As the only men who know all the paths,
field track and by-ways, the efficiently trained Home
Guard despatch riders are the D.R.s who will maintain
and help to maintain the communications—not only
for their own units but for those drafted in. This has
been proved in big-scale exercises; it would be proved
to the hilt in the event of invasion. And communications
That is why I stated, "The probability
is that everything would depend
upon their knowledge and efficiency."
I have found that there is realisation
of all this when it is pointed out and that steps are
taken to develop the Don R side. What facilities are
needed? What form should the training take?
First, of course, the motor cycles used
by the Home Guard D.R.s must be reliable. They must
be kept in good fettle, be ready for instant use (and
I mean instant: fuel and oil
always aboard and start readily) and be equipped with
reasonably good tyres that give some hope of the machines
getting across country. Incidentally, they should be
well silenced. For the machines to be maintained in
a satisfactory state there must be adequate mileage,
and therefore mileage money, and there should, in addition,
be lectures and workshop facilities—vide
the article "In a Home Guard Workshop'' in our
issue of January 15th.
The Necessary Training
Secondly comes the training. As it cannot
be assumed that good roads will be available on the
day, there must be training in cross-country riding.
The best basis, I suggest, is the specialised ''Training
on the Lines of Reliability Trials" which has been
standardised by the Army. Our descriptions of the Army-wide
and Army Command demonstrations have given full particulars.
Naturally, the whole scheme would not be laid on for
a single day. One morning or afternoon a couple of the
special types of hazard laid down would be tackled,
with the accompanying lectures and demonstrations. In
a series of three mornings or afternoons all six hazards
would be embraced and just about every lesson in cross-country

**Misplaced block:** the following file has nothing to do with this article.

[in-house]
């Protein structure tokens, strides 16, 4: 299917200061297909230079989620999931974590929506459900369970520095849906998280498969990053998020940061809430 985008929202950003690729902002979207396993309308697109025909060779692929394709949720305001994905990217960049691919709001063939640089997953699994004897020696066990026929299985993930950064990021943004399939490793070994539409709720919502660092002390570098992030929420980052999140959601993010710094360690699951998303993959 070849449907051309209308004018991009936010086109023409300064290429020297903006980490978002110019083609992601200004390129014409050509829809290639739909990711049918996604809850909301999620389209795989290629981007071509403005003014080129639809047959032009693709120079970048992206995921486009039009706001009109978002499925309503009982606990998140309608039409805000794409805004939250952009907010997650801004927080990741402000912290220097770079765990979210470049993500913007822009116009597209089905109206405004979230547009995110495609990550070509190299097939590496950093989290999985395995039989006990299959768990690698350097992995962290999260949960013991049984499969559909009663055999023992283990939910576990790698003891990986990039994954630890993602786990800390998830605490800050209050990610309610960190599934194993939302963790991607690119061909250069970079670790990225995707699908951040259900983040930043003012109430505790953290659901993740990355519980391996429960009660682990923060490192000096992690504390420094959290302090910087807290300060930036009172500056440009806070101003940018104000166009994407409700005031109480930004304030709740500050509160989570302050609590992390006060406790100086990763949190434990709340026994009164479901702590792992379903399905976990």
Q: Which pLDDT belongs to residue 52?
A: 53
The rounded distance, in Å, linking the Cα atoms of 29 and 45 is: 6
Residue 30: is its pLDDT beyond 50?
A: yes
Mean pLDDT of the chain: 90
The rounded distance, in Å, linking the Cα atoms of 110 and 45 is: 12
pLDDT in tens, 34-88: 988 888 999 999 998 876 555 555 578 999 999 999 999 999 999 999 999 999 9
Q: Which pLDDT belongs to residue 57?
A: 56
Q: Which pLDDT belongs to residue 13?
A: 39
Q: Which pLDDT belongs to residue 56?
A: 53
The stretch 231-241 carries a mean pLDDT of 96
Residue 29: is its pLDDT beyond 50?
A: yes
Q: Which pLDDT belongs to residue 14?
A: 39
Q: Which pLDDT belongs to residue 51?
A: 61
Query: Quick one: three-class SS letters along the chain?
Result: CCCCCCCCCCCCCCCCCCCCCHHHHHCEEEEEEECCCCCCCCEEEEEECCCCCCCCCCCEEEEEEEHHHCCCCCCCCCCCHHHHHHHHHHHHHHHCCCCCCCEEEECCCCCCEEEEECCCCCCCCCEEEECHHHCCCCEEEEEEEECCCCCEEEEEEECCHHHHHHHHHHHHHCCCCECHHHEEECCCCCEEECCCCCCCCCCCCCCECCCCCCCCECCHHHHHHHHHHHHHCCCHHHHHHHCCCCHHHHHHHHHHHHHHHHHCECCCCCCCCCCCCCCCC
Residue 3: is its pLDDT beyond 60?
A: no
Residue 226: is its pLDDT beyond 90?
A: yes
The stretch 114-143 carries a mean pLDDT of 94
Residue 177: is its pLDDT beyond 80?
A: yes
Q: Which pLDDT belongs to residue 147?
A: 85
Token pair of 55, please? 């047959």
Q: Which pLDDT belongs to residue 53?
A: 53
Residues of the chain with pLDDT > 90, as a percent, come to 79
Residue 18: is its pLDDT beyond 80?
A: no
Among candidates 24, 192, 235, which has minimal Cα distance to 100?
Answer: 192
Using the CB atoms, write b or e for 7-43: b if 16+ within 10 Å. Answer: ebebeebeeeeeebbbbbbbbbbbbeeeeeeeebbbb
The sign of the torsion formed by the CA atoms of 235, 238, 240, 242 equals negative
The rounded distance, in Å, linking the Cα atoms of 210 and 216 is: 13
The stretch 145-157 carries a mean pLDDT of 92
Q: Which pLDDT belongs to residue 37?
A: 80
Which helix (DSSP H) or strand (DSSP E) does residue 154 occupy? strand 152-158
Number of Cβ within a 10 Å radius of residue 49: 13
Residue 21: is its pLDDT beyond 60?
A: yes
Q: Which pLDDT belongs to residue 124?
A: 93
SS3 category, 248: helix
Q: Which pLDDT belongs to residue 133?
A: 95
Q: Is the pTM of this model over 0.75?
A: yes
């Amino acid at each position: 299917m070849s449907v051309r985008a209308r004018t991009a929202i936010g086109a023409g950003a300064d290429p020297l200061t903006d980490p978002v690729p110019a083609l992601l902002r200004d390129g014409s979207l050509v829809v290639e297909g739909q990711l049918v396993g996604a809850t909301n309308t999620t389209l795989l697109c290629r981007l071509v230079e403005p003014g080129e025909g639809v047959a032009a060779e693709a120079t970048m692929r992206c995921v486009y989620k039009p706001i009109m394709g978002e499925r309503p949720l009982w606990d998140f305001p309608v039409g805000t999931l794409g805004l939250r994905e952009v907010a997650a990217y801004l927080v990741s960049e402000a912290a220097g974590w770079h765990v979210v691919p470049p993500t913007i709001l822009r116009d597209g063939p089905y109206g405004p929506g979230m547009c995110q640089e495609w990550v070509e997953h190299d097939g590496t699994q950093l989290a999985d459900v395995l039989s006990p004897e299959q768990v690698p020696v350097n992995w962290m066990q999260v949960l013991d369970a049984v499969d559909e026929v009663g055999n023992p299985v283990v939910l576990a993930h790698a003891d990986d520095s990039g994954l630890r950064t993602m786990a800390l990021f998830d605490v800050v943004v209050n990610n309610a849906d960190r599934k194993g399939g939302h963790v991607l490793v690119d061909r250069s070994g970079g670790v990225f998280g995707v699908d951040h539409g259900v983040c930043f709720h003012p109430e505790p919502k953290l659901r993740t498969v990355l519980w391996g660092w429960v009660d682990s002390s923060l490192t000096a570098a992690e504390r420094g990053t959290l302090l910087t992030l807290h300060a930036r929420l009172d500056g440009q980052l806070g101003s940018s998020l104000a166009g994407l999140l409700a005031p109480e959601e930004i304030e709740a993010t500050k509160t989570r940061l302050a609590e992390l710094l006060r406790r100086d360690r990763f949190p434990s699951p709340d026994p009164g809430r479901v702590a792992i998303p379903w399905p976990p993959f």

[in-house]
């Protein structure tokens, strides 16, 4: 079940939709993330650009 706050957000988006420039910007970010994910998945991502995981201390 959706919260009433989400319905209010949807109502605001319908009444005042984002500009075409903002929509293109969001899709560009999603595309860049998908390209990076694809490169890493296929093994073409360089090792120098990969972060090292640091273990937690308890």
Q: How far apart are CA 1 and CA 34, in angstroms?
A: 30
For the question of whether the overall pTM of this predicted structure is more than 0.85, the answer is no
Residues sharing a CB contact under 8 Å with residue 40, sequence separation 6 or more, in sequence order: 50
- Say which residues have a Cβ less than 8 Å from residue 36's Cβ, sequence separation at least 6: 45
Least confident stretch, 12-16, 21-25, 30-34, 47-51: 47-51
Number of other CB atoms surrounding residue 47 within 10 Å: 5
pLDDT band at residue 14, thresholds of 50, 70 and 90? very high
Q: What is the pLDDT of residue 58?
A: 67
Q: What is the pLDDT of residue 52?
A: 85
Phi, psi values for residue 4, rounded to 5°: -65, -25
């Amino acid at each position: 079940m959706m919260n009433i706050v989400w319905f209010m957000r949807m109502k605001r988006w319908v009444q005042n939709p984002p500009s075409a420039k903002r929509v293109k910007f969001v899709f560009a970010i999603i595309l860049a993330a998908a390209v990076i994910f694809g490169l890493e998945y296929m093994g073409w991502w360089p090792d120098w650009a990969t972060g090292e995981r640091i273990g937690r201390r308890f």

riding got across. Correct choice of hazards is necessary,
of course. This is training—not a civvy club's
half-day trial. Trials sections as such are not required.
In areas where the going is sameish, suitable hazards
can generally be improvised even though the Home Guard
has not the working parties, water carts and other facilities
of the regular Army.
So much for the basis, except to point
out that experience has shown that this initial training
should not be too spread out and that in cross-country
riding constant practice is necessary. Having been shown
and told how to tackle all types of going, the Home
Guard D.R.s need next to brush up their knowledge of
their whole locality—to learn all the field paths
and by-ways and how best to negotiate them. This keeps
them in trim, provided they are at the work at least
fortnightly: much better, of course, weekly. They should
go out irrespective of the conditions. None can guarantee
what the weather will be like if and when invasion occurs.
Daytime alone, of course, is not sufficient.
By such means, in operation month
after month, and with map-reading and the other necessary
instruction, the D.R.s will become the tower of strength
that they should be and, in my view, must be.
on specially picked hazards, with lectures and demonstrations,
is desirable in order that there may be the knowledge
necessary for the efficient negotiation of paths, field
and woodland tracks, etc.
In the Yorkshire Dales,
and in many other parts of the country, knowledge of
the tracks and ability to negotiate them would prove
essential. It is also desirable to be experienced
in riding in a respirator
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